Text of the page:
At another meeting, I asked a resource executive why his company had invested in the lower-grade magnetite iron ore deposits in Western Australia’s mid-west, around Geraldton, 430 kilometres north of Perth, rather than the higher-grade haematite ore found much further north in the Pilbara.

The executive gave me a pitying look and replied that the Pilbara deposits were locked up by the likes of Rio Tinto, BHP Billiton, Andrew “Twiggy” Forrest’s Fortescue Metals Group and Gina Rinehart, and the Chinese had been mostly been forced to look elsewhere for direct investment.

It was clear that the heavy cost and delays in developing these lesser regions is still a sore (and unresolved) problem. And that Rio’s decision to develop the Pilbara’s Channar mine as a joint venture with Sinosteel many years ago was a canny long-term move.

Again, there is much activity apart from the big resource projects. A new report by KPMG and the University of Sydney’s China Studies Centre found the Chinese investment profile is changing – a theme taken up in the latest ANZ insight report “Caged Tiger: The Transformation of the Asian Financial System”.

For the first time, in 2013 Chinese investment in Australia was not concentrated in the mining sector. The biggest deals were in electricity networks. There was also a shift towards a larger number of smaller to medium sized deals and a larger share of private Chinese investors, including in commercial property.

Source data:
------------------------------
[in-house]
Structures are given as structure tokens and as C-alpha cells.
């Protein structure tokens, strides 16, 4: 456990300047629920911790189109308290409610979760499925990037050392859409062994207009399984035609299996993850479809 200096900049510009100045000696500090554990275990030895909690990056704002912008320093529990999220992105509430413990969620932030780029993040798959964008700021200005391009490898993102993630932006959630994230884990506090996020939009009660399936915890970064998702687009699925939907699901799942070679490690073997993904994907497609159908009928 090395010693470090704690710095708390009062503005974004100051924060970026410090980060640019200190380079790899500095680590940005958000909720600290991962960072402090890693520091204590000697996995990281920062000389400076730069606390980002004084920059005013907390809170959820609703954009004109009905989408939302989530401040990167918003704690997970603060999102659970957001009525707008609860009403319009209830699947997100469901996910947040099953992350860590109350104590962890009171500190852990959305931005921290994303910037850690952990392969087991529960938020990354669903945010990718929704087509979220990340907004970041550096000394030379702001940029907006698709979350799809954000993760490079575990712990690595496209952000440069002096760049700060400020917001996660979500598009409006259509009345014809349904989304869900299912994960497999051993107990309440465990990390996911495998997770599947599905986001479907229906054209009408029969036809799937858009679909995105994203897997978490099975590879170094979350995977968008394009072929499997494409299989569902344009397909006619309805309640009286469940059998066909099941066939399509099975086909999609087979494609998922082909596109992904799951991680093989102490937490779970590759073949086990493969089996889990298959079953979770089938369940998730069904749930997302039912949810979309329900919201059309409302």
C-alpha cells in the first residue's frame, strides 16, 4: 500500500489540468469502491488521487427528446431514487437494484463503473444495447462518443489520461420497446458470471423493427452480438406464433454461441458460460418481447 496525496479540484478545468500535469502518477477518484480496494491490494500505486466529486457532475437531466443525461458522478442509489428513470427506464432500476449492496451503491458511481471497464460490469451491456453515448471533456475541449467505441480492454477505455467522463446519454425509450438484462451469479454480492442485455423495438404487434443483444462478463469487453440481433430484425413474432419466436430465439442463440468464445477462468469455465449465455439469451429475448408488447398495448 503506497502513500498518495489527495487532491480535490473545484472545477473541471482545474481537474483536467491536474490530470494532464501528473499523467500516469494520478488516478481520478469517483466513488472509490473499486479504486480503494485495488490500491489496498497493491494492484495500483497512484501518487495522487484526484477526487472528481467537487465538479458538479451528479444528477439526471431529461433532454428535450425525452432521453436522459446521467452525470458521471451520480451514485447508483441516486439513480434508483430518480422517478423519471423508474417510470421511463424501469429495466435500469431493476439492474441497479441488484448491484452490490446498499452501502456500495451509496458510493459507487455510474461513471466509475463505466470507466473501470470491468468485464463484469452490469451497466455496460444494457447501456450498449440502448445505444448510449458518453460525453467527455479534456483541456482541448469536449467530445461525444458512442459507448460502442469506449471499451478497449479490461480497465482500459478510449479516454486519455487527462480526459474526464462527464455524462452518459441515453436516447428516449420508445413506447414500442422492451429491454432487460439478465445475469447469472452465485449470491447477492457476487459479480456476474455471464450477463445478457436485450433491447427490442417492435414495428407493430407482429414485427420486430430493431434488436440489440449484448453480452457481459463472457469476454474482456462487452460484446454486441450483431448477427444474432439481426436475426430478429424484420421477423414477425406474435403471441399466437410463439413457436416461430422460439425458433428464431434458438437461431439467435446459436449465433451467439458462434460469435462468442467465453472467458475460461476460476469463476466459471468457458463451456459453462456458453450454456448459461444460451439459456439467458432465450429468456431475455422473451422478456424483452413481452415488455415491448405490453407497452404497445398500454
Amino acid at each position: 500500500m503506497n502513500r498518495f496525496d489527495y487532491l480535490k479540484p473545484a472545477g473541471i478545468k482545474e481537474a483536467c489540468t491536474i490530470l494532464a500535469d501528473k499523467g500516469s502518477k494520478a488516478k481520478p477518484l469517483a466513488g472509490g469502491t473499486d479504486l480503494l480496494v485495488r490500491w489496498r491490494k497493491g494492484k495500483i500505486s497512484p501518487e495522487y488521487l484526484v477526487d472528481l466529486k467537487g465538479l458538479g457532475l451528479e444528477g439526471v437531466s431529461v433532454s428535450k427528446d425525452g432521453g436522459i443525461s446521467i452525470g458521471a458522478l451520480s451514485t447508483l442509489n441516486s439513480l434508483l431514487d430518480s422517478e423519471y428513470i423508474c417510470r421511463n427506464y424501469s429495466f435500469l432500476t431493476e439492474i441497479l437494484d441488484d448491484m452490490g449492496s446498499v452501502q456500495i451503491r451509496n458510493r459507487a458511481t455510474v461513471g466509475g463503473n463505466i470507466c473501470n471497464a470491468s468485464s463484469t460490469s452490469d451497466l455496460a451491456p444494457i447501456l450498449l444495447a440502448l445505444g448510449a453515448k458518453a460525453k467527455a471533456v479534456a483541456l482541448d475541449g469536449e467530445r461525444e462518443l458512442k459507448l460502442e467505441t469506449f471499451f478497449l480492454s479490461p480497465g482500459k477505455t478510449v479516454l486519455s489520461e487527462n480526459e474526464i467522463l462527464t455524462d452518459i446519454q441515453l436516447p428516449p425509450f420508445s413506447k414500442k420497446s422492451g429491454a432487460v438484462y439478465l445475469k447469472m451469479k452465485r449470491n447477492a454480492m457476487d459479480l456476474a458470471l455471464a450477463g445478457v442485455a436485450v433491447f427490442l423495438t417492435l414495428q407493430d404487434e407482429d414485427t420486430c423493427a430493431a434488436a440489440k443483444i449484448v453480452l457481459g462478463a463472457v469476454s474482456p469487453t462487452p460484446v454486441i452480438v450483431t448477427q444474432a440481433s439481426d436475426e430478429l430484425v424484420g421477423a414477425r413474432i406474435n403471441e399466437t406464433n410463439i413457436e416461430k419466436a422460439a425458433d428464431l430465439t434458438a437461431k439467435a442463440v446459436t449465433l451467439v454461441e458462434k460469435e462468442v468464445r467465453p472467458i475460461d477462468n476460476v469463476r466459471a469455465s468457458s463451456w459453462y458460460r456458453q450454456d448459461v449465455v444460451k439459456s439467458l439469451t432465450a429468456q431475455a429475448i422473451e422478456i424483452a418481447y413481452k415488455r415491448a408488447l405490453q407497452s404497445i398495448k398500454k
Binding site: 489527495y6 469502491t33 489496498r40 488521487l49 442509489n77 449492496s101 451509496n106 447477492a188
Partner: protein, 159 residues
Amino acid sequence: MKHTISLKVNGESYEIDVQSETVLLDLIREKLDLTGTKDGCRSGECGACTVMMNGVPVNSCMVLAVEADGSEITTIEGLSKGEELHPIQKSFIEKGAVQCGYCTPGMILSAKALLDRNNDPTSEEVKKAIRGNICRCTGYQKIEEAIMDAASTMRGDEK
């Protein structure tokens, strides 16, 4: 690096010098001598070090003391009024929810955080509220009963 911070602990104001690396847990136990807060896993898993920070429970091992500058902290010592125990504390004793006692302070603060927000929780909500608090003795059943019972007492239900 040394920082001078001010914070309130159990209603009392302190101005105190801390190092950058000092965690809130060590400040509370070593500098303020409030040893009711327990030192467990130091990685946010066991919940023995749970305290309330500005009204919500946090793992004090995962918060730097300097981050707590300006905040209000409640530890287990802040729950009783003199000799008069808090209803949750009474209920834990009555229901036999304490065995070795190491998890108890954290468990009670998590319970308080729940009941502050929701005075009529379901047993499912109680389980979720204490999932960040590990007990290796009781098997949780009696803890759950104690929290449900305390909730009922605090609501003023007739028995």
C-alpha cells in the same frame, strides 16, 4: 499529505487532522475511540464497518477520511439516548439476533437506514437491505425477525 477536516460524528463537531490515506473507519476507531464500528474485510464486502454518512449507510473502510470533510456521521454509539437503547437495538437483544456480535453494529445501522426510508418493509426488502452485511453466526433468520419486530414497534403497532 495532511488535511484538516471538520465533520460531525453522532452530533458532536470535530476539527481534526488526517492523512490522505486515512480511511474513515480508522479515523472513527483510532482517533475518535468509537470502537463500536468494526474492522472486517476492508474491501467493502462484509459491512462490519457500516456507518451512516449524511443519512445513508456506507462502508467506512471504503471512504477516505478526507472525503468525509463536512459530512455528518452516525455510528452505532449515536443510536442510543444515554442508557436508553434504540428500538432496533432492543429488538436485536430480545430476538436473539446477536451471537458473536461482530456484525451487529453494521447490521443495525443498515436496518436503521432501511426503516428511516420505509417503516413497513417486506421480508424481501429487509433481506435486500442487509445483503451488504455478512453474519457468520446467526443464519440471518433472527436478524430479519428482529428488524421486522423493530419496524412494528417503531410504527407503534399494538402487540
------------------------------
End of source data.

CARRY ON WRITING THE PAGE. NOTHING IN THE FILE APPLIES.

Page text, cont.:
The big ticket for Australian exports to China is still iron ore (worth around $42 billion in 2013) with coal a long way behind in second place ($7.5 billion). Recent falls in iron prices have been offset by the huge volumes involved. Yet China has to change its production profile to reduce pollution by shutting its oldest and dirtiest plants.

This need to reduce pollution is now a state imperative. But the need to live and breathe is also very personal. I asked one Chinese editor about his main impression from two weeks in Australia and New Zealand, a reciprocal trip to ours. He replied that both countries were very clean and he hadn’t had to shine his shoes for an entire fortnight.

Apparently you can’t go that long in China.

Mark Skulley is one of Australia’s most respected business journalists, a veteran of more than two decades at Fairfax Media including the Australian Financial Review and a regular contributor to The Guardian Australia. He participated in the inaugural China Australia journalist exchange, run by the Melbourne-based Asia Pacific Journalism Centre. ANZ was a corporate supporter of the exchange.

KPMG investment report.

ANZ has had a continuous presence in China since 1986 and since being locally incorporated in 2010 has opened branches in Beijing, Shanghai, Guangzhou, Chongqing, Hangzhou and the Shanghai Free Trade Zone. ANZ also has strategic partnerships with Shanghai Rural Commercial Bank and Bank of Tianjin.

Read the original article HERE.